Leslie Irvine's research focuses on the roles of animals in society. Her first book, Codependent Forevermore, examined interpersonal relationships. Irvine then turned her focus to human-animal relationships. She has studied animal sheltering, human-animal play, selfhood among animals, and the feminization of veterinary medicine. Her 2004 book, If You Tame Me: Understanding Our Connection with Animals, received the Distinguished Scholarship Award from the Animals & Society Section of the American Sociological Association. After Hurricane Katrina, she worked and conducted research at the facility that housed animals rescued from New Orleans. This resulted in her 2009 book, Filling the Ark: Animal Welfare in Disasters. In 2011, she published a reader entitled The Self in Society. Her 2013 book, My Dog Always Eats First, examines the narratives of homeless people who live on the streets with pets. At CU Boulder, she is the Director of the Animals and Society Certificate Program.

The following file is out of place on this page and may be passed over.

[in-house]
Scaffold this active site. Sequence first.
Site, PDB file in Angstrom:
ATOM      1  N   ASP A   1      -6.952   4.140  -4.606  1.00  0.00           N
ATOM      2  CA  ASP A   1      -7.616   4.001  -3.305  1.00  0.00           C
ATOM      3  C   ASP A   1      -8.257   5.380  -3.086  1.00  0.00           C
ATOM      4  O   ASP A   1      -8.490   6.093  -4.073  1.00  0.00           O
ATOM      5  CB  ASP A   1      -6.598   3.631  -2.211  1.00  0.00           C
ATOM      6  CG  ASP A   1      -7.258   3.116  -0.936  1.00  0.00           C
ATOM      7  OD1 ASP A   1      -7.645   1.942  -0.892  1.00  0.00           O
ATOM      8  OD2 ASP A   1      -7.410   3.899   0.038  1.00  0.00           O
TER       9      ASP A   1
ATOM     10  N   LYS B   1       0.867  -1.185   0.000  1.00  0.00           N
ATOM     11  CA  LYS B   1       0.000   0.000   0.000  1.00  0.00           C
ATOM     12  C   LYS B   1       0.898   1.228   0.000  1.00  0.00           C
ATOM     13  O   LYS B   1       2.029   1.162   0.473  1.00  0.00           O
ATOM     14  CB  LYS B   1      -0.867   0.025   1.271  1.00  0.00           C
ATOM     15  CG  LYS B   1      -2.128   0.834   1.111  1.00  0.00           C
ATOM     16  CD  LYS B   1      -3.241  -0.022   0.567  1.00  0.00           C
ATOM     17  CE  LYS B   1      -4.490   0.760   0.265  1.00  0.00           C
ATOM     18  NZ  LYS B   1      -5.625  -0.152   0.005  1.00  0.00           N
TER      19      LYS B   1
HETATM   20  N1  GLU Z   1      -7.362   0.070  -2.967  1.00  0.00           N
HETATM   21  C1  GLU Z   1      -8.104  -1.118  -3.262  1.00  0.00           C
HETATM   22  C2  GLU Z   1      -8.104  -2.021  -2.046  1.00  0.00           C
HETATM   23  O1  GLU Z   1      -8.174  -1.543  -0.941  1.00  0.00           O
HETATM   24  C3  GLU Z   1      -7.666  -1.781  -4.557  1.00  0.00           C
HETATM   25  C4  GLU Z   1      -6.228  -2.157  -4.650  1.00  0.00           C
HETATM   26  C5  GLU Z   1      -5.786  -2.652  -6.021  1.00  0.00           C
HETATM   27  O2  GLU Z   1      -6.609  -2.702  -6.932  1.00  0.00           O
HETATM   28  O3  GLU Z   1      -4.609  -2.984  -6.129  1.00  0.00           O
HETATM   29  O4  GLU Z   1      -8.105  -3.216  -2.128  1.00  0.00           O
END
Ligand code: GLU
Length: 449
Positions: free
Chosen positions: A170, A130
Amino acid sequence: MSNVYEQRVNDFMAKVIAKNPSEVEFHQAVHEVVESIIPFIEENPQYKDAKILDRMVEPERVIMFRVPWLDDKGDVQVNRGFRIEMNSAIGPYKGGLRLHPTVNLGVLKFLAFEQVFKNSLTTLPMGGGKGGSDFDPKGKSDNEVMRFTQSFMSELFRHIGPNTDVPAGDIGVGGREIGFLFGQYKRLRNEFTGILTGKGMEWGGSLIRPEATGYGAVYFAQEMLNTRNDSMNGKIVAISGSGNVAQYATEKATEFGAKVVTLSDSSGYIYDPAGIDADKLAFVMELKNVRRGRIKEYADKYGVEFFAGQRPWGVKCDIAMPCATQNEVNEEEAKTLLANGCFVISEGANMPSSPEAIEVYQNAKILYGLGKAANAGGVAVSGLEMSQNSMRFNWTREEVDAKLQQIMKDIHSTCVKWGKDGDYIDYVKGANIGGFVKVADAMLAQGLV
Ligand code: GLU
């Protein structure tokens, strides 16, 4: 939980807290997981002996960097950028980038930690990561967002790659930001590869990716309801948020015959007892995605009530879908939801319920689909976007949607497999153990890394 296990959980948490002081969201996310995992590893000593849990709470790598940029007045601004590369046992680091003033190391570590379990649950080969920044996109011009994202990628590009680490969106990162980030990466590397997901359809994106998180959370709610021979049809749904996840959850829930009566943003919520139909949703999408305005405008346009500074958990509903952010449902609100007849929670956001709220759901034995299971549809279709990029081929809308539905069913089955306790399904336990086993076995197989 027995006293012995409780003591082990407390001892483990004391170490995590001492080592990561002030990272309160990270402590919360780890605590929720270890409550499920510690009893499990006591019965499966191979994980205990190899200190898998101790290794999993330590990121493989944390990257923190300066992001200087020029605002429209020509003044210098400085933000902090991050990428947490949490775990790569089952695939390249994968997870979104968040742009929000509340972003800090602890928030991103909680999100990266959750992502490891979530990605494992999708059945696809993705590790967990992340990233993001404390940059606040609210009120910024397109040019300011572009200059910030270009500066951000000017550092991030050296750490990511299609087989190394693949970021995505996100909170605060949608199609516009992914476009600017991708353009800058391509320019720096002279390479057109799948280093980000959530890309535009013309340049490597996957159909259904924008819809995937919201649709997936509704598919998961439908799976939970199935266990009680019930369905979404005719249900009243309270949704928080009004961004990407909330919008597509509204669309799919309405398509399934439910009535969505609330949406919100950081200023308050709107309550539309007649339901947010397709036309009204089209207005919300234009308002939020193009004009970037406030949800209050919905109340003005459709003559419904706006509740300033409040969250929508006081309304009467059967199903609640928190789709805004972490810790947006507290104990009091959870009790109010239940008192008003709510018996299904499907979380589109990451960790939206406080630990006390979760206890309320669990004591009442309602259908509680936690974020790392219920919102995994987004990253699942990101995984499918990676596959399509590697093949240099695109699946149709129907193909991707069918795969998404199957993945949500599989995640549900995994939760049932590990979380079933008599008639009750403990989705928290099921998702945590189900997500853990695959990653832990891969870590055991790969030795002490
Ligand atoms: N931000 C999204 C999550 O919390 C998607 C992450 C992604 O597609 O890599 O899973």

human-animal studies, the roles of animals in society, sociological social psychology, sociology of emotions, the self, pets, companion animals, animal shelters, animal adoption, homelessness, symbolic interaction, disasters, animal welfare, narrative, identity